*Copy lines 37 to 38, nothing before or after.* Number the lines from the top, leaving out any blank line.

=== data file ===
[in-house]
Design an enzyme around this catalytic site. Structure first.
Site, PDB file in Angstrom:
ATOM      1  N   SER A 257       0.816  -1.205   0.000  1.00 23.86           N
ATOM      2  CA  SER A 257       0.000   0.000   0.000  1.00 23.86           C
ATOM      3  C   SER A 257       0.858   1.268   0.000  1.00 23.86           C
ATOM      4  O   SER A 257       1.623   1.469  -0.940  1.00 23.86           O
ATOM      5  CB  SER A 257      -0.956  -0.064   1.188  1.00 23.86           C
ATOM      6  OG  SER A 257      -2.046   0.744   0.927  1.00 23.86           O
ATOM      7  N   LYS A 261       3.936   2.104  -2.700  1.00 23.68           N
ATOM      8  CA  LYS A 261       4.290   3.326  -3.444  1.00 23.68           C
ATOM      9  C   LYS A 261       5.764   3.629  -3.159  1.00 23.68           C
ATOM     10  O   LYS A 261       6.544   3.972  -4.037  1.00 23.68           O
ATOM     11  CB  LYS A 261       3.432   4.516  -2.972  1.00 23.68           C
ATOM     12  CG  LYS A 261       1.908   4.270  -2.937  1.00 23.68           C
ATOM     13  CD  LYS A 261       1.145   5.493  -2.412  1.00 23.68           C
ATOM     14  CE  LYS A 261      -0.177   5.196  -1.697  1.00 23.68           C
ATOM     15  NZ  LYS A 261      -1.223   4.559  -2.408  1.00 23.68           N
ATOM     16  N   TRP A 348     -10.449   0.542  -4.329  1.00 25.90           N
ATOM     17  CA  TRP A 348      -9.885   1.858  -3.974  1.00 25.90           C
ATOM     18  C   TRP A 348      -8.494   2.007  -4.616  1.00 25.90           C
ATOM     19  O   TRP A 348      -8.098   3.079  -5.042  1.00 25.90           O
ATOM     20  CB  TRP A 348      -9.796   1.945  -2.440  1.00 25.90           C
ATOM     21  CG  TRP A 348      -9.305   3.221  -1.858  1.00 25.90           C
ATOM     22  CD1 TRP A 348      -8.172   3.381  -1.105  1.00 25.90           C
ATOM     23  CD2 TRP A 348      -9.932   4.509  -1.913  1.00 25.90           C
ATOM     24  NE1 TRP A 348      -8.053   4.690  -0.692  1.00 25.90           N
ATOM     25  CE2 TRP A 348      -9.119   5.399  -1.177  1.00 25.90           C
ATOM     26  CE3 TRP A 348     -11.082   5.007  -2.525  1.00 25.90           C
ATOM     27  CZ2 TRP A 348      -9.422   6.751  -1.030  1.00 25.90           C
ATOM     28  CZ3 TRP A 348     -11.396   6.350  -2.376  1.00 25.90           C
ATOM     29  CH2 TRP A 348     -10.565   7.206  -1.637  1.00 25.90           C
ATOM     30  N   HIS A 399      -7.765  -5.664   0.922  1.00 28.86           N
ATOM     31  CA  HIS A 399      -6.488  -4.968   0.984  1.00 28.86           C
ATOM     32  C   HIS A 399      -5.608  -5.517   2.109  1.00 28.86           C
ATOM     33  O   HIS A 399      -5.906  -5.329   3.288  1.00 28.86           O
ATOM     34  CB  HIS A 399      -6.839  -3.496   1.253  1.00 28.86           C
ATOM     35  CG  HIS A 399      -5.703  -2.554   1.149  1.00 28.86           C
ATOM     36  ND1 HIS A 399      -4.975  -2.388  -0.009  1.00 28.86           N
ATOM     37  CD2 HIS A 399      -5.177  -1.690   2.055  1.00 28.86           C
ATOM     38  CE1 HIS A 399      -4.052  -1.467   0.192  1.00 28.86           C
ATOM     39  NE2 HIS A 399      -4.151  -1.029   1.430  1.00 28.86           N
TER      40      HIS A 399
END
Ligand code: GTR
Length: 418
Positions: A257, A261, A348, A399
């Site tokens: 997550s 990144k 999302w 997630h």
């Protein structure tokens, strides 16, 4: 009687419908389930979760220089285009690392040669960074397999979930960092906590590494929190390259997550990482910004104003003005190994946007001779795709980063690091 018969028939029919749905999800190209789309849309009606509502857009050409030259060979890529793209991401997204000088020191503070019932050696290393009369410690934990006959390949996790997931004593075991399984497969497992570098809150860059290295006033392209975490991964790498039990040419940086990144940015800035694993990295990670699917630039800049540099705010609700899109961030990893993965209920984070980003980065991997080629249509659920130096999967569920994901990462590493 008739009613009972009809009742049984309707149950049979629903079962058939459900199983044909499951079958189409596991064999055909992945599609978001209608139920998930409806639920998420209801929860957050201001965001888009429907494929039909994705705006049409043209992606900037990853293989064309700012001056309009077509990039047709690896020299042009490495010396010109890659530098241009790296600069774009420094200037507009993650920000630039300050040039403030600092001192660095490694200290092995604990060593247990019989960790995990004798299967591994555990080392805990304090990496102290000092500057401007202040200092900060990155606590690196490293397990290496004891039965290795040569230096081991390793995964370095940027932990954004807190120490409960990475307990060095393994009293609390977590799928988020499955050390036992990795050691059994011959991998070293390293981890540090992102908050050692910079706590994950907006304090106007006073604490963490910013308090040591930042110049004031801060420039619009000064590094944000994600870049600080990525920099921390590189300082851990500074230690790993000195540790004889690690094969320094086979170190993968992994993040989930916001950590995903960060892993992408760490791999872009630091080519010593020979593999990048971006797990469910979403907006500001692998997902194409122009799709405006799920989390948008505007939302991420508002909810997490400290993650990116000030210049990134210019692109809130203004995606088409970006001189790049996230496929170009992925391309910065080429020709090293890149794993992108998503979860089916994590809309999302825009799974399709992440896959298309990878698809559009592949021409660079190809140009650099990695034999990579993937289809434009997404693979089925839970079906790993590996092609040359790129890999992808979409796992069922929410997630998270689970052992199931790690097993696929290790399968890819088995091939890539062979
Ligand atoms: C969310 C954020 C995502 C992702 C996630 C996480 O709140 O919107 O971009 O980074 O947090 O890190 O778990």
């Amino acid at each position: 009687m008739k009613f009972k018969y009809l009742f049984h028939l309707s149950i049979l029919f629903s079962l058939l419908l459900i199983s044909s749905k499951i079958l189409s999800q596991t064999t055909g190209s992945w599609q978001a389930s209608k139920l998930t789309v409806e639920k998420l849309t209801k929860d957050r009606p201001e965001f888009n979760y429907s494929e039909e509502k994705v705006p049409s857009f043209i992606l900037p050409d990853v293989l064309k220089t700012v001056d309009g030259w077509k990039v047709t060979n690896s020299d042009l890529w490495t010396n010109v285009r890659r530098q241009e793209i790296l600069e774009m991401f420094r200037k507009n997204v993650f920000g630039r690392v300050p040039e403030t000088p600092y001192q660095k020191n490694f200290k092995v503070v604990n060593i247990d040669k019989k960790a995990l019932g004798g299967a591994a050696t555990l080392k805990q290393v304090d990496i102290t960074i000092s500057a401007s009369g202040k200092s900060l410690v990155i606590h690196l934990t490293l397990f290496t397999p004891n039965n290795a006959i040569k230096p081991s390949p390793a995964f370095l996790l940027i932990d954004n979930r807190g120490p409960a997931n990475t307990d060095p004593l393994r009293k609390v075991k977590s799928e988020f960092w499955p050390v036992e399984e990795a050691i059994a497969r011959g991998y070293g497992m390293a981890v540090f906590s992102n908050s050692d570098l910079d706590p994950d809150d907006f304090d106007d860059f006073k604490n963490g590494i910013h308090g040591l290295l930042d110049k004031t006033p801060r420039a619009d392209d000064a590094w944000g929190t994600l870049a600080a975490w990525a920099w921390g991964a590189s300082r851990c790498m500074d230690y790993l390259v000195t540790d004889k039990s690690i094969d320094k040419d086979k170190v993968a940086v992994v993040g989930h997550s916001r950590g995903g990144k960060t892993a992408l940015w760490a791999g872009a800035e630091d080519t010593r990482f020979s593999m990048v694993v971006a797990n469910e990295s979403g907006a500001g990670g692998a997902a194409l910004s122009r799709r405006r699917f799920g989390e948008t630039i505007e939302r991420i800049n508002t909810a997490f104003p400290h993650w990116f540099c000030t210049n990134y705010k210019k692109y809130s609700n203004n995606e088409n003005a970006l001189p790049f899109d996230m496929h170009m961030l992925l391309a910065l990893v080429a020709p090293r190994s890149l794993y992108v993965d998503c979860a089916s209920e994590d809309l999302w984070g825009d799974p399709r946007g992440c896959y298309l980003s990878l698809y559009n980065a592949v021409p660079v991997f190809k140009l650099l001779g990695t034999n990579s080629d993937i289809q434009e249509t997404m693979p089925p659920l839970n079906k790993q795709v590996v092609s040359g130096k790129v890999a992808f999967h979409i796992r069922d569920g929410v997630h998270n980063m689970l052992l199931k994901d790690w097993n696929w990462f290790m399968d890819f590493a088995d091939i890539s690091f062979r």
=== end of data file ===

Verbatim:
ATOM     34  CB  HIS A 399      -6.839  -3.496   1.253  1.00 28.86           C
ATOM     35  CG  HIS A 399      -5.703  -2.554   1.149  1.00 28.86           C